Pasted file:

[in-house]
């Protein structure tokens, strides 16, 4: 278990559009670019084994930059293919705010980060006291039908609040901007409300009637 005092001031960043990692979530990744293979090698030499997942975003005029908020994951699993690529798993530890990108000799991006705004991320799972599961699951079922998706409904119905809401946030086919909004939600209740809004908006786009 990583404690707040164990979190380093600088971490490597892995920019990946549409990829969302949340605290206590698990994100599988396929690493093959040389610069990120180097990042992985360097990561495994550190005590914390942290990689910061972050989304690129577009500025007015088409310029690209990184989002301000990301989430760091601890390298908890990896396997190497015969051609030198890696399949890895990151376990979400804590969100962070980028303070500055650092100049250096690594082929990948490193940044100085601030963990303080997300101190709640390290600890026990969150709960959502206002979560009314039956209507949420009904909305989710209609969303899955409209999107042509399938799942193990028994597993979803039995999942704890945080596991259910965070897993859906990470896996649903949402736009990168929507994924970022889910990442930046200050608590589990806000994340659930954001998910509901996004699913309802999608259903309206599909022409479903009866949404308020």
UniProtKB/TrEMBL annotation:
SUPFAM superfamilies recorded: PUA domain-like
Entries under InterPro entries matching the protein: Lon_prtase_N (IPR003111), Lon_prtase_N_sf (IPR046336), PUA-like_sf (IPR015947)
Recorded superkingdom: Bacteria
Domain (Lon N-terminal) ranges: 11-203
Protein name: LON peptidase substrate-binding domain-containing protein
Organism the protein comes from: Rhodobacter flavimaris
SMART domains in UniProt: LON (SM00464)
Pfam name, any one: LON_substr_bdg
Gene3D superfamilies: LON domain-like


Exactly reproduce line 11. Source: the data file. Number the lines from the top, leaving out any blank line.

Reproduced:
Pfam name, any one: LON_substr_bdg